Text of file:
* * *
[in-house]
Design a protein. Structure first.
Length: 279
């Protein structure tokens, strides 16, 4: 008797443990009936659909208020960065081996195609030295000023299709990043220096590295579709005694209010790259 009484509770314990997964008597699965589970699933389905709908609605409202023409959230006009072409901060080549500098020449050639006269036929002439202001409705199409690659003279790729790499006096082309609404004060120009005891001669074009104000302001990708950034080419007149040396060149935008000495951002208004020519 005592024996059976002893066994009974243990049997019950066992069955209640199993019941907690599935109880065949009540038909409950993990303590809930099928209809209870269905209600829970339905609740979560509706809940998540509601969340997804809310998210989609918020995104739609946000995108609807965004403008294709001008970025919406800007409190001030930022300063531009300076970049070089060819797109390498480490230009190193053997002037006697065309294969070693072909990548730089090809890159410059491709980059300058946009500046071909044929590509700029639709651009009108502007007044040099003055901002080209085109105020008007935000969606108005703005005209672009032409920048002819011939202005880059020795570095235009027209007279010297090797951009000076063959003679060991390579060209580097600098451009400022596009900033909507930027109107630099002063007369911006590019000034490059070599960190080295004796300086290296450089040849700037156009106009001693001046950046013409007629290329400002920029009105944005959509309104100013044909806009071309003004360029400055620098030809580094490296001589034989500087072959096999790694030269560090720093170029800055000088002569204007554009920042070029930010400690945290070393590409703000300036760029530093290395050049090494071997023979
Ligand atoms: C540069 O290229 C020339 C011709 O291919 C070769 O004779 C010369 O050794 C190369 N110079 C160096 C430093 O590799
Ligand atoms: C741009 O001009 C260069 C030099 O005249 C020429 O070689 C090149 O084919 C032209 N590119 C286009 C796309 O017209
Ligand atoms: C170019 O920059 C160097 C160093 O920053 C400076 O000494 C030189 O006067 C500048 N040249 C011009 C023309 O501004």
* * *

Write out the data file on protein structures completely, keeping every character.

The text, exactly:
[in-house]
Design a protein. Structure first.
Length: 279
């Protein structure tokens, strides 16, 4: 008797443990009936659909208020960065081996195609030295000023299709990043220096590295579709005694209010790259 009484509770314990997964008597699965589970699933389905709908609605409202023409959230006009072409901060080549500098020449050639006269036929002439202001409705199409690659003279790729790499006096082309609404004060120009005891001669074009104000302001990708950034080419007149040396060149935008000495951002208004020519 005592024996059976002893066994009974243990049997019950066992069955209640199993019941907690599935109880065949009540038909409950993990303590809930099928209809209870269905209600829970339905609740979560509706809940998540509601969340997804809310998210989609918020995104739609946000995108609807965004403008294709001008970025919406800007409190001030930022300063531009300076970049070089060819797109390498480490230009190193053997002037006697065309294969070693072909990548730089090809890159410059491709980059300058946009500046071909044929590509700029639709651009009108502007007044040099003055901002080209085109105020008007935000969606108005703005005209672009032409920048002819011939202005880059020795570095235009027209007279010297090797951009000076063959003679060991390579060209580097600098451009400022596009900033909507930027109107630099002063007369911006590019000034490059070599960190080295004796300086290296450089040849700037156009106009001693001046950046013409007629290329400002920029009105944005959509309104100013044909806009071309003004360029400055620098030809580094490296001589034989500087072959096999790694030269560090720093170029800055000088002569204007554009920042070029930010400690945290070393590409703000300036760029530093290395050049090494071997023979
Ligand atoms: C540069 O290229 C020339 C011709 O291919 C070769 O004779 C010369 O050794 C190369 N110079 C160096 C430093 O590799
Ligand atoms: C741009 O001009 C260069 C030099 O005249 C020429 O070689 C090149 O084919 C032209 N590119 C286009 C796309 O017209
Ligand atoms: C170019 O920059 C160097 C160093 O920053 C400076 O000494 C030189 O006067 C500048 N040249 C011009 C023309 O501004």